"... as we have already indicated, the objects of that inquiry [in Crampton] as set out in its terms of reference were markedly narrower than the terms of reference with which we are concerned."
- Thirdly, although the Court rejected a specific ground of legitimate expectation it clearly concluded that many people had received the clear impression that the inquiry would sit in public. Fourthly, no-one at all appeared to favour sitting in private and indeed no advantages in such a course were perceived. Fifthly, it was concluded that, even with the inquiry held in public, it would take no longer - perhaps a surprising conclusion, but one then repeated under the heading "Speed" in the second numbered paragraph 1:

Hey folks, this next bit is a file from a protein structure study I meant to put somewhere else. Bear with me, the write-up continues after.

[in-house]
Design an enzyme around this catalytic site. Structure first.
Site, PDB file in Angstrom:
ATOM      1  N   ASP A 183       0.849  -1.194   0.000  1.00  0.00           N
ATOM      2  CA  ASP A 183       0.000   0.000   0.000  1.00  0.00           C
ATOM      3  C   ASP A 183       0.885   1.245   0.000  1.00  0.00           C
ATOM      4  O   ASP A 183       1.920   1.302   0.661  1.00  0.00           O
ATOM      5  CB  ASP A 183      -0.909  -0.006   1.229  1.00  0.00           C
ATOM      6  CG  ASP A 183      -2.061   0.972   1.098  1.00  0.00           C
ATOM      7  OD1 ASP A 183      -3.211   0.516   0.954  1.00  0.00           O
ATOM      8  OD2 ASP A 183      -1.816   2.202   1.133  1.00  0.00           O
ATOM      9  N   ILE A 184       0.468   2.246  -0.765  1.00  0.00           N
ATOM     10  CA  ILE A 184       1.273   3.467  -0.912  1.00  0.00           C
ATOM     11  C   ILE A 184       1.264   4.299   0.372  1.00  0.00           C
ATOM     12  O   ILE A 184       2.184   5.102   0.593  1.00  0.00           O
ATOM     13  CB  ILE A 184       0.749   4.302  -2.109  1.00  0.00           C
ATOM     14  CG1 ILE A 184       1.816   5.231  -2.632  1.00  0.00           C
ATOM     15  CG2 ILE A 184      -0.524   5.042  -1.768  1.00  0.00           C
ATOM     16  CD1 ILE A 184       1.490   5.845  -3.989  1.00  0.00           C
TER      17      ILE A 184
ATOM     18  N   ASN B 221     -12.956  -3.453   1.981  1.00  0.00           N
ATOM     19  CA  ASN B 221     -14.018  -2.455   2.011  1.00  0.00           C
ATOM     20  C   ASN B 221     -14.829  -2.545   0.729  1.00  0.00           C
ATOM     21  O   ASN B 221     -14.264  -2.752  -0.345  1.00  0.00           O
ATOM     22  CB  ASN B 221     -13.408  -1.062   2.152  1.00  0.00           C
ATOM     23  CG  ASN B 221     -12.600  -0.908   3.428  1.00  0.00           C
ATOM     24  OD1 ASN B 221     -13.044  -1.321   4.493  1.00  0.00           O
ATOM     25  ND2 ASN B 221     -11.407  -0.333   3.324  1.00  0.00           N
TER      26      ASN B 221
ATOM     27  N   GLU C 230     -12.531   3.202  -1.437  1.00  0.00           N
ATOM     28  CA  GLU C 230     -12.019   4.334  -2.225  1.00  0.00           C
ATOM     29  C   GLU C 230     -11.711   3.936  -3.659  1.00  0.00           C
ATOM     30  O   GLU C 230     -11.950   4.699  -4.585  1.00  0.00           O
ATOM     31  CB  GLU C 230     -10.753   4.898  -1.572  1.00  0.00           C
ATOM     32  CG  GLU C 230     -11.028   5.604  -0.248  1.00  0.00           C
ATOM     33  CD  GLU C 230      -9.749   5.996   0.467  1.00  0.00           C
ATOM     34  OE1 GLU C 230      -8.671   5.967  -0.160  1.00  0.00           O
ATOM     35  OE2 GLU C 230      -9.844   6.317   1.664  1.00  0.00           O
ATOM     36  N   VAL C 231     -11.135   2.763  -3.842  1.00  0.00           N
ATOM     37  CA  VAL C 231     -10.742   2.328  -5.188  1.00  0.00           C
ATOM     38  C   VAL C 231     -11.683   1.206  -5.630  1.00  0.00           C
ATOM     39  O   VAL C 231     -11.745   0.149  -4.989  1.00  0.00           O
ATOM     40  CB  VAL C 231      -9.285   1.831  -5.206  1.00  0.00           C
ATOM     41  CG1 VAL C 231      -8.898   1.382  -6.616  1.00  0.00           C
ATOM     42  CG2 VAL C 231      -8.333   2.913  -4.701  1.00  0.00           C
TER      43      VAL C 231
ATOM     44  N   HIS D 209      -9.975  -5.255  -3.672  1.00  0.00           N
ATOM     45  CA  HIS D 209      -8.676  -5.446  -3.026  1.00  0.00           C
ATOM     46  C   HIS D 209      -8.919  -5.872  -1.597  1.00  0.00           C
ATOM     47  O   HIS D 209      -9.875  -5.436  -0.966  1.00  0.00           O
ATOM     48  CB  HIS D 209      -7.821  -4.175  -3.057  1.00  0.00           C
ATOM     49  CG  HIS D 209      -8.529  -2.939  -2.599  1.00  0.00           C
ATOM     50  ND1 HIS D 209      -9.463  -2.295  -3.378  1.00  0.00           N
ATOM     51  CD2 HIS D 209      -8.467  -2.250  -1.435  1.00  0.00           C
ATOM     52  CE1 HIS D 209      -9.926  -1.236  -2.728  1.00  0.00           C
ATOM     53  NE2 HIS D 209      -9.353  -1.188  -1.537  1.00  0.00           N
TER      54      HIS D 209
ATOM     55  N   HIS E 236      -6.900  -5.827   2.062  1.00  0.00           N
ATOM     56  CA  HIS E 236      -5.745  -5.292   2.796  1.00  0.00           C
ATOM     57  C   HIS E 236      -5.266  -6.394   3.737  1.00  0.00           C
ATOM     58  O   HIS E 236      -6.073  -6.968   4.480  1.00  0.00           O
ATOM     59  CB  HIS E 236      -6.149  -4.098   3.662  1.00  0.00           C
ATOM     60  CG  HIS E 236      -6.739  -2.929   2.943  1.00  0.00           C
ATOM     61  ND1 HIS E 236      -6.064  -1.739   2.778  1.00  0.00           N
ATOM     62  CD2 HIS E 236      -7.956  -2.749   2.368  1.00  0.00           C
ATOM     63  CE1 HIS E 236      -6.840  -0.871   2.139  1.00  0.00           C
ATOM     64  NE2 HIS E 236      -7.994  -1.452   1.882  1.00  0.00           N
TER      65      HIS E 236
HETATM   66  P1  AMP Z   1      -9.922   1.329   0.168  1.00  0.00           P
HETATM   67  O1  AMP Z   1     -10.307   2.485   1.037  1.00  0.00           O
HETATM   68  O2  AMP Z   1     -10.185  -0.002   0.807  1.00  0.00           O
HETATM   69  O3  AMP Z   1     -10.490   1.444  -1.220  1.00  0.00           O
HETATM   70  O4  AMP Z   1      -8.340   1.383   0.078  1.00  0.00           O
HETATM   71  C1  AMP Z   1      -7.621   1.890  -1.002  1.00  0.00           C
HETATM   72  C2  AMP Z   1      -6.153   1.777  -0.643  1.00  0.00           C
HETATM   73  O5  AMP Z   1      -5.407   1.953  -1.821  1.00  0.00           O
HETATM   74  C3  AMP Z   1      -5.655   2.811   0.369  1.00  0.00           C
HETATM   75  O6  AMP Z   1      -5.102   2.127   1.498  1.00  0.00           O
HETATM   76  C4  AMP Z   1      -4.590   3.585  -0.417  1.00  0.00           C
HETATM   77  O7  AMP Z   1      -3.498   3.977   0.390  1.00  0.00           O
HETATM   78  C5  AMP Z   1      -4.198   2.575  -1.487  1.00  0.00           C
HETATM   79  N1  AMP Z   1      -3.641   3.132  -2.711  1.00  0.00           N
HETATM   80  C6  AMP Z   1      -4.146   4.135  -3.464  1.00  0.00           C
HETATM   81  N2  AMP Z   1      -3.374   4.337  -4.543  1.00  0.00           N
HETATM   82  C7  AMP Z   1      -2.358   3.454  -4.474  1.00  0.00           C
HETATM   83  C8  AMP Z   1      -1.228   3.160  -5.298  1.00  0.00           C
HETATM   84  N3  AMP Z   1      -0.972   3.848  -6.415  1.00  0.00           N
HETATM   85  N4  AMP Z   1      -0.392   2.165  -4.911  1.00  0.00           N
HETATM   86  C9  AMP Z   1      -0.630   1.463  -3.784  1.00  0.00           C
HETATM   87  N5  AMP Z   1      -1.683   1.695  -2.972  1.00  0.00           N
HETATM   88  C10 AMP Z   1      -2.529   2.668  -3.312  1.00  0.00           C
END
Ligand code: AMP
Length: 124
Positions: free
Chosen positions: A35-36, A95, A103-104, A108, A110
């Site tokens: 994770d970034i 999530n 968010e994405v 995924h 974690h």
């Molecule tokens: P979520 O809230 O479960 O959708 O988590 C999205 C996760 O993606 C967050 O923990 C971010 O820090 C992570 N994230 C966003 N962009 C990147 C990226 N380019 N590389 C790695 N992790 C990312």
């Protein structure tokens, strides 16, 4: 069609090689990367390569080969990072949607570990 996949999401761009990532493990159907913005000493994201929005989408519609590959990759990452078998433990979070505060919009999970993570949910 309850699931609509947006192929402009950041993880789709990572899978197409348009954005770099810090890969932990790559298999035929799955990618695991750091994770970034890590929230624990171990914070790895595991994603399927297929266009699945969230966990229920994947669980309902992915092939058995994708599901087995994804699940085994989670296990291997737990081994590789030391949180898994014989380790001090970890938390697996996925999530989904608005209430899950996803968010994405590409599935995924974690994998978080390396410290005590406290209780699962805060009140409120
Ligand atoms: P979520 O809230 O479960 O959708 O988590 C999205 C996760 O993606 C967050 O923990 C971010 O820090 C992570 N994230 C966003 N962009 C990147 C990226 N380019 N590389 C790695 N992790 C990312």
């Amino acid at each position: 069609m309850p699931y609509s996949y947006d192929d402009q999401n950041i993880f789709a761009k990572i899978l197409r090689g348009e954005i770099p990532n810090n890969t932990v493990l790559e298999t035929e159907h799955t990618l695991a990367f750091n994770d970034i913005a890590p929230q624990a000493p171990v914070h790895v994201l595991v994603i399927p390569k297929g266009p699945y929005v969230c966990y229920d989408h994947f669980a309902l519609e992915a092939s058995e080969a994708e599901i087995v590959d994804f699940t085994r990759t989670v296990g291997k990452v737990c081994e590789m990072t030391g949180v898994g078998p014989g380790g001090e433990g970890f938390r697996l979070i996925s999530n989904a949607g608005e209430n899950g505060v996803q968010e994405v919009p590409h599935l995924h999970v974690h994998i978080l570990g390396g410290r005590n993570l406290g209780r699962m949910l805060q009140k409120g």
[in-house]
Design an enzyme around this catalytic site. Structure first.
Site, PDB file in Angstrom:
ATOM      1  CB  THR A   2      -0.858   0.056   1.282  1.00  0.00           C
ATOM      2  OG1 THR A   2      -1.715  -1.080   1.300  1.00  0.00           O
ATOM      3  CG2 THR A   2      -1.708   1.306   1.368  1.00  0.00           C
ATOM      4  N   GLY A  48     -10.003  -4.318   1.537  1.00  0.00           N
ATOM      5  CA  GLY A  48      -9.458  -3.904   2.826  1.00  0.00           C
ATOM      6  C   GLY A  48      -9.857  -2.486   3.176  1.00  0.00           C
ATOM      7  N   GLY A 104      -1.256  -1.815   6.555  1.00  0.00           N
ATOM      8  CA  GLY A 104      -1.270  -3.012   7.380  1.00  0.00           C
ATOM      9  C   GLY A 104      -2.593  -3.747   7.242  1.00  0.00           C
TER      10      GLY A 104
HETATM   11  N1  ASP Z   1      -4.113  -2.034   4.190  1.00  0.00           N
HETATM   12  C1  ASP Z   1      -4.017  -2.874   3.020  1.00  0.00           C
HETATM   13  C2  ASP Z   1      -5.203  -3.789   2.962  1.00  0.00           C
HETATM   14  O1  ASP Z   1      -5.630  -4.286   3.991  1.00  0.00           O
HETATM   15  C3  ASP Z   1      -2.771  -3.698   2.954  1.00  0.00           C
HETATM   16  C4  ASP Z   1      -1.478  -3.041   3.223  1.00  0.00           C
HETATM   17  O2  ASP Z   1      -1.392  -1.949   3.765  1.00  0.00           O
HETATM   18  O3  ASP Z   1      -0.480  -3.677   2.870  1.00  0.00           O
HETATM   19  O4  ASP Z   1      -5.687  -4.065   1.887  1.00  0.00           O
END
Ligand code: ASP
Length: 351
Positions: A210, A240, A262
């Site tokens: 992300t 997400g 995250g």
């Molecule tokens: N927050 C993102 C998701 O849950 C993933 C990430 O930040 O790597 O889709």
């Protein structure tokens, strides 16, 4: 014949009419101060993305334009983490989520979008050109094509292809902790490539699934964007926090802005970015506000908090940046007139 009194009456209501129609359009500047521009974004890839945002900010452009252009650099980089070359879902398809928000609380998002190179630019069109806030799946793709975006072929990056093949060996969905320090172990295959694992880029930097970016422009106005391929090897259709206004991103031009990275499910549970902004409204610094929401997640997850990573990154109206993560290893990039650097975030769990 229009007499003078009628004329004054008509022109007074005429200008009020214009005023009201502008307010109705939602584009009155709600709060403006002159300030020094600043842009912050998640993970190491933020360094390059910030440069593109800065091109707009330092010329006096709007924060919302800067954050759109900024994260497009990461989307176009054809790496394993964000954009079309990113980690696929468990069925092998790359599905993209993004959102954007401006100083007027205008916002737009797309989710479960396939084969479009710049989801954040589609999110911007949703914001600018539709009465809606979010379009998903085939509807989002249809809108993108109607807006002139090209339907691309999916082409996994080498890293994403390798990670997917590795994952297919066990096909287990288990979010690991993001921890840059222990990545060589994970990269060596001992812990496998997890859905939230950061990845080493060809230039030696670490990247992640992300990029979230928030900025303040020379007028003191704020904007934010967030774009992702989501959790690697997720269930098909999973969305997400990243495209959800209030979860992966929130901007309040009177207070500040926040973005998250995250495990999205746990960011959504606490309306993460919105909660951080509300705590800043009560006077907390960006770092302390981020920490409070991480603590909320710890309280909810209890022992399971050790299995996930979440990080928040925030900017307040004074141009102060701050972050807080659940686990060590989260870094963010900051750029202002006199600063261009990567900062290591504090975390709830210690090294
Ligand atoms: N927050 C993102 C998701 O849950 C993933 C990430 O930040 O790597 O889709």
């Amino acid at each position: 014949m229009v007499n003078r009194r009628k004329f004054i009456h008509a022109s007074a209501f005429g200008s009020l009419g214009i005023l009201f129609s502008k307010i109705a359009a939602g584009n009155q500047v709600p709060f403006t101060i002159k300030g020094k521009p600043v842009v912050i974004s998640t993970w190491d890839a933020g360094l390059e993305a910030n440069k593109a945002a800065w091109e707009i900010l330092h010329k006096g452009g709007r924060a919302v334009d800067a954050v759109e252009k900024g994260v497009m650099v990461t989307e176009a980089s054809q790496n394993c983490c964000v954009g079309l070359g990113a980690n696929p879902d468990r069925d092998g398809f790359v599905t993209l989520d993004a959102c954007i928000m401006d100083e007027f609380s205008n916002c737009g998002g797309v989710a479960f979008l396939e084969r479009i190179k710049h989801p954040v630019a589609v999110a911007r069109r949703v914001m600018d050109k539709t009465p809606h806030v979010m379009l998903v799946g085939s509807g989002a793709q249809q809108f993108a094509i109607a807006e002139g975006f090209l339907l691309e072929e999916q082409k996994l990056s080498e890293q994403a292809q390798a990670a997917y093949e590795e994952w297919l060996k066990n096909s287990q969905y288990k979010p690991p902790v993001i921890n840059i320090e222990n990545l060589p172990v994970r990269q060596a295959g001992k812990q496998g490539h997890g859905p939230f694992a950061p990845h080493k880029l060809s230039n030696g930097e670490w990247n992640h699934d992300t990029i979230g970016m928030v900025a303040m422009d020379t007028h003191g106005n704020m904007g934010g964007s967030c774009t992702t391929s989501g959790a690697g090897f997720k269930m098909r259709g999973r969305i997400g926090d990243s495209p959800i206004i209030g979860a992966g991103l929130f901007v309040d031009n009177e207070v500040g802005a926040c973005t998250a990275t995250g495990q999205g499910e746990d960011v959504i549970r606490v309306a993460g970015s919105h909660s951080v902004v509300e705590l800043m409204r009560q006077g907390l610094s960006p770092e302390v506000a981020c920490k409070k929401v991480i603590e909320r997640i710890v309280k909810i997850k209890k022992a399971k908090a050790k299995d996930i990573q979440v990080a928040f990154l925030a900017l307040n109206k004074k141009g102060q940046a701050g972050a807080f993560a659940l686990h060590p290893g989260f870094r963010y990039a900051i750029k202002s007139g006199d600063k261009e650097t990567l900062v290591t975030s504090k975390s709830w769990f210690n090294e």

"...no reason was advanced as to why a non-adversarial inquiry or one that severely restricted adversarial methods should not fully eliminate the risks of delay."
- In short, the Court in Wagstaff could see nothing whatever in favour of a closed inquiry, and on the contrary everything to be said for opening it up. Given in addition that the factual context of the dispute was well within the Court's own field of expertise and experience, the decision becomes clearly understandable.